| Measuring drought and drought impacts in Red Sea Province |
|4. Drought, the market, and the impact of food aid in Red Sea Province, 1980 to 1989. Roy Cole|
The key to understanding food stress in Red Sea Province is not the price of cereals alone but the price of cereals in relation to other commodities that may be exchanged for cereals. Under ideal circumstances we would have to take into account the change in value of wage labour, sharecropping arrangements, charcoal, firewood, and other rural products, handicrafts, and livestock because few people in the rural areas of Red Sea Province herd livestock exclusively as an occupation. Most people have several occupations: cereals cultivation, vegetable cultivation, cotton cultivation, wage labour migration, fuel production, handicrafts, bush food collection, et cetera. Many are involved with the religious establishments of Hamashkoreb and Tumaala, located in southcentral and northcentral Red Sea Province respectively, where nationally and internationally-connected social support mechanisms have developed to cushion food stress. We have only data for livestock value and, consequently, our conclusions must be limited and tentative.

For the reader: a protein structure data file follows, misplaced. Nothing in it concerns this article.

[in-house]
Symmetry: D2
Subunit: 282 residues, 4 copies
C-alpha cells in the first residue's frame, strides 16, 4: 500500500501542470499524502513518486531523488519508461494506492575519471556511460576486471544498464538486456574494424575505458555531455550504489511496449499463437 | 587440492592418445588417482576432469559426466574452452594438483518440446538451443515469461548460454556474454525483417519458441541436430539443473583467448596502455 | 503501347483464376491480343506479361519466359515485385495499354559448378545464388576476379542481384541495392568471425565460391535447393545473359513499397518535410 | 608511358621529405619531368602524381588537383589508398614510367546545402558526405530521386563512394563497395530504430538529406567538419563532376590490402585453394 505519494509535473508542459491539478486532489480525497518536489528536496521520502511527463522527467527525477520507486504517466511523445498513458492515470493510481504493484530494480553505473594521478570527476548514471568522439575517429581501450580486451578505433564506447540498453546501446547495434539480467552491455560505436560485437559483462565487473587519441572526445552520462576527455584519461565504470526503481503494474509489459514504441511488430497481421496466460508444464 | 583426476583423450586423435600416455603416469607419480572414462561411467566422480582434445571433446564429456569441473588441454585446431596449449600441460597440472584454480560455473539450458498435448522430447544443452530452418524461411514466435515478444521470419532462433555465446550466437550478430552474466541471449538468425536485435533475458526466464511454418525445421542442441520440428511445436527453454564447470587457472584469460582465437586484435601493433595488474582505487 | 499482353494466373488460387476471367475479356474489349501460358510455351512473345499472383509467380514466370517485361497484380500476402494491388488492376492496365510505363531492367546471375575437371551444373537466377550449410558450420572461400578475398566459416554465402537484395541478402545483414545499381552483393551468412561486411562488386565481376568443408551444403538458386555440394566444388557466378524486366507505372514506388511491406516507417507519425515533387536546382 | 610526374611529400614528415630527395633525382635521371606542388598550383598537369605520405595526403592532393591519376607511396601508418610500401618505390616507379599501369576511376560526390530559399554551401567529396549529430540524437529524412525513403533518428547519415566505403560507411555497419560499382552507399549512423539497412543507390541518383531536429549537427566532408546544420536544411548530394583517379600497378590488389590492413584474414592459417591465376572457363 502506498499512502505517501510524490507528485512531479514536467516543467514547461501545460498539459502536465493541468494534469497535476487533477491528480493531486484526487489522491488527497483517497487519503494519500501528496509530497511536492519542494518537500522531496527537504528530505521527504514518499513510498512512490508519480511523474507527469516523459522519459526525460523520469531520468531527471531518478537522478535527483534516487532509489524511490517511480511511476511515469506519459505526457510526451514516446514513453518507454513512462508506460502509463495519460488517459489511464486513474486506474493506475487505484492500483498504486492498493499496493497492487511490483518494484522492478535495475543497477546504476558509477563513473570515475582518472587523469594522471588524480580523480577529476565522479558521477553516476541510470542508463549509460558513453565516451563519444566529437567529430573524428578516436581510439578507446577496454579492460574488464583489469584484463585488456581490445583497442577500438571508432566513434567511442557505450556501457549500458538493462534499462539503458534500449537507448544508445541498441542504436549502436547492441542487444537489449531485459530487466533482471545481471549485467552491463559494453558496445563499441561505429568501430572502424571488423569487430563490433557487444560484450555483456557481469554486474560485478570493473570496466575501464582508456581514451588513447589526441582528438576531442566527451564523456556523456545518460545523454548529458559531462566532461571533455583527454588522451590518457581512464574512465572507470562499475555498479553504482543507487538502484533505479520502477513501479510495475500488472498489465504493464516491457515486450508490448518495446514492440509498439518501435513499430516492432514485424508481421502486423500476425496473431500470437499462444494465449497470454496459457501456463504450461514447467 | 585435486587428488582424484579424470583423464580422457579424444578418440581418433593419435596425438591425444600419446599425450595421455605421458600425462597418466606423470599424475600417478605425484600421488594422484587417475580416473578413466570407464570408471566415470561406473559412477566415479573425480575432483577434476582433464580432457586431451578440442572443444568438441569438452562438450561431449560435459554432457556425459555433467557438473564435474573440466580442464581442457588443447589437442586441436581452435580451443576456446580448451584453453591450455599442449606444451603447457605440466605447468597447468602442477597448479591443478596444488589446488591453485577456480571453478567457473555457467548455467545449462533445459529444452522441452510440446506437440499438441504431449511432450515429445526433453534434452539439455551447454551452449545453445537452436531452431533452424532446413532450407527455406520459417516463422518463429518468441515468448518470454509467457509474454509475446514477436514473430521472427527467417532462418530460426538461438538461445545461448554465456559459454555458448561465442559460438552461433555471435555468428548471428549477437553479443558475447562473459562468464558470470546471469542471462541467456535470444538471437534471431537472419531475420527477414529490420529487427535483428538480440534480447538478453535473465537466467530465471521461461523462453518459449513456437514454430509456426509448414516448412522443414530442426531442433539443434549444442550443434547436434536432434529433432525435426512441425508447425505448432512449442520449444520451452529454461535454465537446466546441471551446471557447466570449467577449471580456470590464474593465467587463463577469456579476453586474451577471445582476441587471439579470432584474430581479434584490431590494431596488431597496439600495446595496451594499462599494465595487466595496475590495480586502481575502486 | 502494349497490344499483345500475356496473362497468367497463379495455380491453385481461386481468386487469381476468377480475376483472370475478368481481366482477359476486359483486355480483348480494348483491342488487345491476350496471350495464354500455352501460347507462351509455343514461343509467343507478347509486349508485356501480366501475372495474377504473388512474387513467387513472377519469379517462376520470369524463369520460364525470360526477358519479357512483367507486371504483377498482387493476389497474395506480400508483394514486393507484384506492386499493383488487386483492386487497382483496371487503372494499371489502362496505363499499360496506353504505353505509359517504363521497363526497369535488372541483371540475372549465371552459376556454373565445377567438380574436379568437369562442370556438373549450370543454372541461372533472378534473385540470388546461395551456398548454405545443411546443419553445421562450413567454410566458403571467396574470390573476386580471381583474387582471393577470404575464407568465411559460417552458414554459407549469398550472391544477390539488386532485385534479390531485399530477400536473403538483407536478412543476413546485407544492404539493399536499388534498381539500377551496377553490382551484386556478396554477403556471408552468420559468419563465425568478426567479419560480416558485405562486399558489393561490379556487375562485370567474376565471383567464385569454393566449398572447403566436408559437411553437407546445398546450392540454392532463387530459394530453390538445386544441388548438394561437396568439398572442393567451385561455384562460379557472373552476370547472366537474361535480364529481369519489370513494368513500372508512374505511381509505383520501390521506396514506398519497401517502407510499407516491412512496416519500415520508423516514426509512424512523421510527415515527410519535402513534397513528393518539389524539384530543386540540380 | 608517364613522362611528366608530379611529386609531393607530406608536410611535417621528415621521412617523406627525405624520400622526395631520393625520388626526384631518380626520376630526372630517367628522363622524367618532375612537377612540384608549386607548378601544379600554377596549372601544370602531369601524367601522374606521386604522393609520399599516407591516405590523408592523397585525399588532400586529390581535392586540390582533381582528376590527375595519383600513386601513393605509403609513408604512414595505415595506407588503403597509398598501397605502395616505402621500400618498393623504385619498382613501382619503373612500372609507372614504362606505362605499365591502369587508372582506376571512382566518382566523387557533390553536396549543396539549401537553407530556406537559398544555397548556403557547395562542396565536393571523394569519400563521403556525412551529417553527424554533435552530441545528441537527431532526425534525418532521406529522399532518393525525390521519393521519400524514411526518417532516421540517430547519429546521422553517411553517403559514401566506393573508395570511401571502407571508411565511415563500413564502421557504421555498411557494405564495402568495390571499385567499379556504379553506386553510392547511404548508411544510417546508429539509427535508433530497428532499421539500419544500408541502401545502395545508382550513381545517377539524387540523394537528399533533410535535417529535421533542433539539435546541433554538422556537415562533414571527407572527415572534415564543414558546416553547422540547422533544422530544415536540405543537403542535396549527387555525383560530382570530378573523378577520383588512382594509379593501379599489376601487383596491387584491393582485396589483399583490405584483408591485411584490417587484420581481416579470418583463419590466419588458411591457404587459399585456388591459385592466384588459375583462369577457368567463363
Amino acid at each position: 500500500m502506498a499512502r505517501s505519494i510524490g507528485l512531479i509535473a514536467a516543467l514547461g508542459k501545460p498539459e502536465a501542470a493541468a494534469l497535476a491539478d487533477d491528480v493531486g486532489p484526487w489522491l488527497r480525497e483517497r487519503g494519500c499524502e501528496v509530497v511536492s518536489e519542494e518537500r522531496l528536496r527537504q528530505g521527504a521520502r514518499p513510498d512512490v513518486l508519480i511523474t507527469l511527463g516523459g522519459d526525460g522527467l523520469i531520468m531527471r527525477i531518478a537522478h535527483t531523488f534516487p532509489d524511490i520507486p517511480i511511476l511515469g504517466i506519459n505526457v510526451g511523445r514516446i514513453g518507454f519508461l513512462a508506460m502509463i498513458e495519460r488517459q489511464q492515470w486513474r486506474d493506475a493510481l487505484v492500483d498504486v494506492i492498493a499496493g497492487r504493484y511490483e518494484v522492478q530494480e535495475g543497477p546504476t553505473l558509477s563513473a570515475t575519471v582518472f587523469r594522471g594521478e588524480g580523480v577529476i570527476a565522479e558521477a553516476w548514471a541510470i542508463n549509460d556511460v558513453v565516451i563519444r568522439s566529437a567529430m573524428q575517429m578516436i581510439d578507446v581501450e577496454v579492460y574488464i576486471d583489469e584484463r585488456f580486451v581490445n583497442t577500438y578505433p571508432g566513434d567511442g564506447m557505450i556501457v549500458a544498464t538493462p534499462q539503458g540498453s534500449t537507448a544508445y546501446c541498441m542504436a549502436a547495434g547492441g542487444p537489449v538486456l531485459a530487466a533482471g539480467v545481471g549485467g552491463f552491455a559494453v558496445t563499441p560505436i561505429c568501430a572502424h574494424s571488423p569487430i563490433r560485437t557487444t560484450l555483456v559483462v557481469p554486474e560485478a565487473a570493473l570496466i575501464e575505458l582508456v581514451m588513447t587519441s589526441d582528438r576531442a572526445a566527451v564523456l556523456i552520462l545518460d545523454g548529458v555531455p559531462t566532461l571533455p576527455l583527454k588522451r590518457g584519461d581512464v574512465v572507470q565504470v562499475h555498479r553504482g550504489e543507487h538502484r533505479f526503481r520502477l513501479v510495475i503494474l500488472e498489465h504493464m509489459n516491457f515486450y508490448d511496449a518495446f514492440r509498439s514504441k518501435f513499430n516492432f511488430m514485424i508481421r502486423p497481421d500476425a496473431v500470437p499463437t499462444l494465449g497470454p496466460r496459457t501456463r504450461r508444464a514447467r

The following figures present prices for goats and sheep by sex and age class at the Derudeb town market and milk prices for the Tokar market.